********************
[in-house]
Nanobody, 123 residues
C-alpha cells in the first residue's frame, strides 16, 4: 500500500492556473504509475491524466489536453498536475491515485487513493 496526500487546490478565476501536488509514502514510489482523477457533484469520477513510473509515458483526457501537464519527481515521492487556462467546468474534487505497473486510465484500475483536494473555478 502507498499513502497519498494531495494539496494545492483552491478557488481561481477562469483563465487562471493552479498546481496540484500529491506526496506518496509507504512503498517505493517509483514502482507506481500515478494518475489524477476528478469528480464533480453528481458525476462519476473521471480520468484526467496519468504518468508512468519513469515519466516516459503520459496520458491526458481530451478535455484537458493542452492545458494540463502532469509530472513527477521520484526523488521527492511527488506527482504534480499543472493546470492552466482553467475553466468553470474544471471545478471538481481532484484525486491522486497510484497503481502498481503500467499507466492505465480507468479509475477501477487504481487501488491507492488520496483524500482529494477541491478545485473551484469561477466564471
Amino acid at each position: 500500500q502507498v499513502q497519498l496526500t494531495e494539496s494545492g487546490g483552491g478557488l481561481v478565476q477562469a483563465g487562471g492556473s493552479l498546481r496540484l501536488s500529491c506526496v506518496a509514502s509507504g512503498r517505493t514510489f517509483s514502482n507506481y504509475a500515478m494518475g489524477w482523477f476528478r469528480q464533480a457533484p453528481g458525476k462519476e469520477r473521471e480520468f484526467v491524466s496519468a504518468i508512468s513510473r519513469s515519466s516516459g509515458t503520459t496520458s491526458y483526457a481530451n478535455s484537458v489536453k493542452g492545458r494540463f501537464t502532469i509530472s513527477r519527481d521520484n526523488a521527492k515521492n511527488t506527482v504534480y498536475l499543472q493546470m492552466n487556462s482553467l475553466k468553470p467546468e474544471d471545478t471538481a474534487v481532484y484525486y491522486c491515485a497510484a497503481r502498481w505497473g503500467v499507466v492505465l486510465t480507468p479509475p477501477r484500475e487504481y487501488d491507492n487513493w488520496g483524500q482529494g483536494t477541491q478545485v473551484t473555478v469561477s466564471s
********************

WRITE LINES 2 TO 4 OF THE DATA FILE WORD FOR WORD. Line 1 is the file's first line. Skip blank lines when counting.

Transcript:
Nanobody, 123 residues
C-alpha cells in the first residue's frame, strides 16, 4: 500500500492556473504509475491524466489536453498536475491515485487513493 496526500487546490478565476501536488509514502514510489482523477457533484469520477513510473509515458483526457501537464519527481515521492487556462467546468474534487505497473486510465484500475483536494473555478 502507498499513502497519498494531495494539496494545492483552491478557488481561481477562469483563465487562471493552479498546481496540484500529491506526496506518496509507504512503498517505493517509483514502482507506481500515478494518475489524477476528478469528480464533480453528481458525476462519476473521471480520468484526467496519468504518468508512468519513469515519466516516459503520459496520458491526458481530451478535455484537458493542452492545458494540463502532469509530472513527477521520484526523488521527492511527488506527482504534480499543472493546470492552466482553467475553466468553470474544471471545478471538481481532484484525486491522486497510484497503481502498481503500467499507466492505465480507468479509475477501477487504481487501488491507492488520496483524500482529494477541491478545485473551484469561477466564471
Amino acid at each position: 500500500q502507498v499513502q497519498l496526500t494531495e494539496s494545492g487546490g483552491g478557488l481561481v478565476q477562469a483563465g487562471g492556473s493552479l498546481r496540484l501536488s500529491c506526496v506518496a509514502s509507504g512503498r517505493t514510489f517509483s514502482n507506481y504509475a500515478m494518475g489524477w482523477f476528478r469528480q464533480a457533484p453528481g458525476k462519476e469520477r473521471e480520468f484526467v491524466s496519468a504518468i508512468s513510473r519513469s515519466s516516459g509515458t503520459t496520458s491526458y483526457a481530451n478535455s484537458v489536453k493542452g492545458r494540463f501537464t502532469i509530472s513527477r519527481d521520484n526523488a521527492k515521492n511527488t506527482v504534480y498536475l499543472q493546470m492552466n487556462s482553467l475553466k468553470p467546468e474544471d471545478t471538481a474534487v481532484y484525486y491522486c491515485a497510484a497503481r502498481w505497473g503500467v499507466v492505465l486510465t480507468p479509475p477501477r484500475e487504481y487501488d491507492n487513493w488520496g483524500q482529494g483536494t477541491q478545485v473551484t473555478v469561477s466564471s